PART 3: The ingredients of change
Part 1 and Part 2 focused on the bigger picture of change and the impact of the leader or manager on change.
This part will look at the critical ingredients required for change. For cheese making it is the milk and the culture at the minimum. You can add rennet and additives when required. In our workplace and organisations the main ingredients are the employees and the culture of the team/organisation.
Your type of milk (goat’s milk, cow’s milk, low fat milk, full cream milk) will determine the quality and properties of the final product: cheese. The same goes for the final product you are building in your company. The quality and type of employees you hire will determine the properties of the final product. You do not want “bad bacteria” in your milk, the same way you do not want “bad behaviour” in your employees. Remember: one litre of bad milk will infiltrate the whole batch of cheese you are making. I have seen the same in organisations.
Remember the document controllers that I needed to manage? I tried so hard to get the most out of everybody and to help each and every individual to reach their full potential. When there was animosity between the ladies, I called them in and discussed it. That went all according to plan, but I missed that underlying was one person causing the trouble. After the third time I called them in and saw no behavioural change, I needed to take action. Luckily we had a very wise project manager who recognised the problem. He arranged for this one person to be removed from the group and all of a sudden the atmosphere in the whole group of ladies lifted.
The graphic design company I coached experienced exactly the same thing. I came in after one of their employees caused chaos and she moved to another company. It took them a year to move out of the negativity and judgemental behaviour the one person caused in the office. Now the office is a positive, productive and creative place.
Make right hiring/firing decisions. It is very hard to eliminate toxic employees (laziness, unwillingness to change, failure to win). First find out why certain people are so disengaged before elimination, but know where your boundaries are and make the tough choices when needed. Then add the right employees – focus on the big things.
The individuals and teams are presented with a few hurdles every day, every week. These hurdles include cognitive behaviour, resources, motivation and politics. Your team only needs to focus on a few critical shifts in their behaviour. Choose your battles wisely. Which thing has the highest impact?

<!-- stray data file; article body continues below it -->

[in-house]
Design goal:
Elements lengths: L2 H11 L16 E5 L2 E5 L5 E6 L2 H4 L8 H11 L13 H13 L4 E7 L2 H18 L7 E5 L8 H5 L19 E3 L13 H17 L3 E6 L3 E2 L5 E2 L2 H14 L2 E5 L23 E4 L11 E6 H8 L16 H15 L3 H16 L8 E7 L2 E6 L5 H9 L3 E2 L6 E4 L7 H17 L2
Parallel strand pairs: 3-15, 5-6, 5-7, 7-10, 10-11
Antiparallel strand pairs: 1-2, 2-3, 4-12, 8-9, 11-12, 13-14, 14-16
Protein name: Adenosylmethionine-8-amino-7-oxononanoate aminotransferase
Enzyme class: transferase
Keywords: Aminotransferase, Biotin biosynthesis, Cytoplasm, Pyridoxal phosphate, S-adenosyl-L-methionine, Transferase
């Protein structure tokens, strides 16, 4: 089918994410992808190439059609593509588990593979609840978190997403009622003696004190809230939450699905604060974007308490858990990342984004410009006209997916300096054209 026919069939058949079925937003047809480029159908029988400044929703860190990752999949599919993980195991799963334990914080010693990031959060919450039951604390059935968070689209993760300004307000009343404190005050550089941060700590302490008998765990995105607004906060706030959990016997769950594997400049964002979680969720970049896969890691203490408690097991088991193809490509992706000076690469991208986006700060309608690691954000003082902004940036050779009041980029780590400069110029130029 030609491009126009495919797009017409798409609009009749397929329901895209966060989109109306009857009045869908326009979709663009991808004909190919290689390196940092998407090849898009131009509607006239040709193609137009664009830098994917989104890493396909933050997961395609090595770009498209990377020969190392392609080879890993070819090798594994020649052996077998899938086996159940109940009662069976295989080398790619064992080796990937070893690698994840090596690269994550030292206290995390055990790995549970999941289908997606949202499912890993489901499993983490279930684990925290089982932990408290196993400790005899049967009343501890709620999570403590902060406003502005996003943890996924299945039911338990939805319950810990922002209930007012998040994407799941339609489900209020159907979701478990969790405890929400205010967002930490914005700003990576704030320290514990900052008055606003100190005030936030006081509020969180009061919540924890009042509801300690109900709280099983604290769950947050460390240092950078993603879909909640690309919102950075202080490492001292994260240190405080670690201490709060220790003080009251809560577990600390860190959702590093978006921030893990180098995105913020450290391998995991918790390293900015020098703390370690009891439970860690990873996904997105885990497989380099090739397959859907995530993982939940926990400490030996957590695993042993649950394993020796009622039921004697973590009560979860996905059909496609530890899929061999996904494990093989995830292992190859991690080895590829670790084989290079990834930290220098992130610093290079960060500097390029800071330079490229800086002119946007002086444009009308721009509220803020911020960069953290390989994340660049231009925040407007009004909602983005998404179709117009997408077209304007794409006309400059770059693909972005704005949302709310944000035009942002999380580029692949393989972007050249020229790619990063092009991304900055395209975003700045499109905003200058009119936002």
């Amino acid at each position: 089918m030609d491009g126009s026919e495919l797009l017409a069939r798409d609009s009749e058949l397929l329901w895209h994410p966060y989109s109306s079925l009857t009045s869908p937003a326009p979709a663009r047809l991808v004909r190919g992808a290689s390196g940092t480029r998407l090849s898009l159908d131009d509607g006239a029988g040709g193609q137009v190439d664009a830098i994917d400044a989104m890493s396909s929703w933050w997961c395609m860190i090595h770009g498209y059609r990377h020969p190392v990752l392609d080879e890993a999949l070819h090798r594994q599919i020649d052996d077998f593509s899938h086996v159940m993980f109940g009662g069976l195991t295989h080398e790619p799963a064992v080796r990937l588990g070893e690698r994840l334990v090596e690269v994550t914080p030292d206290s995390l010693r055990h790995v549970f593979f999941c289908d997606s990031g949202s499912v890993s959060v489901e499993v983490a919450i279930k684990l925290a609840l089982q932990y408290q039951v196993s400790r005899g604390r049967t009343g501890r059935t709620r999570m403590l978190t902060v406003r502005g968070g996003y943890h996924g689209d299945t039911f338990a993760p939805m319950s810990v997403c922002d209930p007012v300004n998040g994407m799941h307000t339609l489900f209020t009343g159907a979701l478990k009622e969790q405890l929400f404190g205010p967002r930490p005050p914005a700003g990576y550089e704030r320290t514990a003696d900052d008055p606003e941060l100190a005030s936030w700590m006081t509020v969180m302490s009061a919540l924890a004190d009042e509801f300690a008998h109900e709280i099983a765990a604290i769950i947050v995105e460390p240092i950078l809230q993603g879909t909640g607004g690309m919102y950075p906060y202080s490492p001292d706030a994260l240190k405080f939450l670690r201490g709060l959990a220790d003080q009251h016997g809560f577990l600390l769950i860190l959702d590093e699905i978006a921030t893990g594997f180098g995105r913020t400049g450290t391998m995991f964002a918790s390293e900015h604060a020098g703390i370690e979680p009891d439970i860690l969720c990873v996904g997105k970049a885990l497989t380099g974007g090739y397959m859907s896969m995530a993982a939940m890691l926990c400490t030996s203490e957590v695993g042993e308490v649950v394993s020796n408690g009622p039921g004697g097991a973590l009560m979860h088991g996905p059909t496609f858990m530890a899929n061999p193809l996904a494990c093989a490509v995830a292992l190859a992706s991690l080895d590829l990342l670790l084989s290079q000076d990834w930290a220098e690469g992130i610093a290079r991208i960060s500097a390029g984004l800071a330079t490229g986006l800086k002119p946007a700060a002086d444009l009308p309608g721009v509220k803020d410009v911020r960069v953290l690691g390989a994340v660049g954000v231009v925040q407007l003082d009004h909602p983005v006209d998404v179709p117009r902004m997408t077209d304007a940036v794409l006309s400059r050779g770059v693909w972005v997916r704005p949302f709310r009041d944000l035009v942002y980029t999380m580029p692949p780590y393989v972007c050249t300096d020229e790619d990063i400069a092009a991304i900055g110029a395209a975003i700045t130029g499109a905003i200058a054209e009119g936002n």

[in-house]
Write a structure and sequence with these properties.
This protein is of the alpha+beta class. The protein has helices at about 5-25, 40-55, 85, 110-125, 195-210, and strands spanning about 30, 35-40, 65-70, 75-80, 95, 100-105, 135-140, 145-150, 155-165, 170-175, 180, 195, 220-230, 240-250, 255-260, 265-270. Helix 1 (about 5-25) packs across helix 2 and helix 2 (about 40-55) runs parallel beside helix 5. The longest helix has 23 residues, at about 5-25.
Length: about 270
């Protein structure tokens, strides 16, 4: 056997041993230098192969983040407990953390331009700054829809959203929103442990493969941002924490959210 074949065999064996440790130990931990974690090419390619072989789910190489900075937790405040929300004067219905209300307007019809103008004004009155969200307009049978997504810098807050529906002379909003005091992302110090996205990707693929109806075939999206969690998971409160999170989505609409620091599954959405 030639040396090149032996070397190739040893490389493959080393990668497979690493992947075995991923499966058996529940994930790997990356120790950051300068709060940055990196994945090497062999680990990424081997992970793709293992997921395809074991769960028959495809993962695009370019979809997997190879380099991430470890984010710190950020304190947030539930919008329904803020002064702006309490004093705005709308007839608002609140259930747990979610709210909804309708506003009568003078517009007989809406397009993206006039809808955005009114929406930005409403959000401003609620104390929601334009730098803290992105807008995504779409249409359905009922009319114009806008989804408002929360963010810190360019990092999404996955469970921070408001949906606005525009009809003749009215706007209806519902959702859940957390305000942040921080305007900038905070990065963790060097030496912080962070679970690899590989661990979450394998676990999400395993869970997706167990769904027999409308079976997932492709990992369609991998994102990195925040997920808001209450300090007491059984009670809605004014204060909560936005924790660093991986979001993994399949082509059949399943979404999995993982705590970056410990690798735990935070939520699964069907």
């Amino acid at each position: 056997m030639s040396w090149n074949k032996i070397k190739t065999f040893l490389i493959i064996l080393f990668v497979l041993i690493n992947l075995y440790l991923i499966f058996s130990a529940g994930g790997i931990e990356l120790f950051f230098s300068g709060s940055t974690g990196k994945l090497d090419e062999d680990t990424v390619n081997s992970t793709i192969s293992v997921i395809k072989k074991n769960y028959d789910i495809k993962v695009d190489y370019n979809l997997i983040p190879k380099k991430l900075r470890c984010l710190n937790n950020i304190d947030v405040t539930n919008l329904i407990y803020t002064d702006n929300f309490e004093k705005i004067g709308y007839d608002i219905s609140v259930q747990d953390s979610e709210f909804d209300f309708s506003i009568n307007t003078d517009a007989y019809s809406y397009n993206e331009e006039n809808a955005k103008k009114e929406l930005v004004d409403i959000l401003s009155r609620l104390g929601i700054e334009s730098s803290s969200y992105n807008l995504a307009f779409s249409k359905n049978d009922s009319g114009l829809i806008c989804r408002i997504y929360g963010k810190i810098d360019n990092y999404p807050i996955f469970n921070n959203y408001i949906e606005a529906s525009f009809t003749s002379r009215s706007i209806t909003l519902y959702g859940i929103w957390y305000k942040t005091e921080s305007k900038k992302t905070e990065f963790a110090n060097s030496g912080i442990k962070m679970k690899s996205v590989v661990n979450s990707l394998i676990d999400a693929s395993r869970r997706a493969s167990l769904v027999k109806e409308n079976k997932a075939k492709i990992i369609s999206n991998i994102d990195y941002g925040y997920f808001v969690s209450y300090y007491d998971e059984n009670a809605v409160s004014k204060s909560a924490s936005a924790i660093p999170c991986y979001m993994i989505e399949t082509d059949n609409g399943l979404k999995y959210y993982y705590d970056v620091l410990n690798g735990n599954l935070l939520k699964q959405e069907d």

“There are only two ways to influence human behaviour: you can manipulate it or you can inspire it” – Simon Sinek, Start with why.
If you want to build lasting changes, everyone involved must understand why it is in their best interest to help make these changes happen. Engage the team in the process.
Remember change is a scary thing for the brain, and most of your employees and team members will have an “Away State” as coined by David Rock in his SCARF model.
Cheese culture is very sensitive to changes in the temperature. The cheese maker controls the temperature continuously. In the same way you as leader must not heat up the temperature too quickly or too much for your team.
Changes and culture start with the individual people. Does the motivation for change align with the values of each individual? Remember the old culture is hard-wired in each person’s brain and good habits were formed within the old culture. New culture means new brain wiring and maybe a new habit or two. This has to be ingrained to make the change sustainable. The brain should not focus on too much change at once. Limit the amount of change and first ensure that part one is sustainably implemented before the next batch of behaviours is addressed.
In conclusion: Honour the strengths of your existing culture. What does it mean for the individual? Are you able to make the impact practical? Are the changes tangible for each and every employee?
If you want to read all the articles, here are the links:
If you rather prefer to read it in English, here are the links: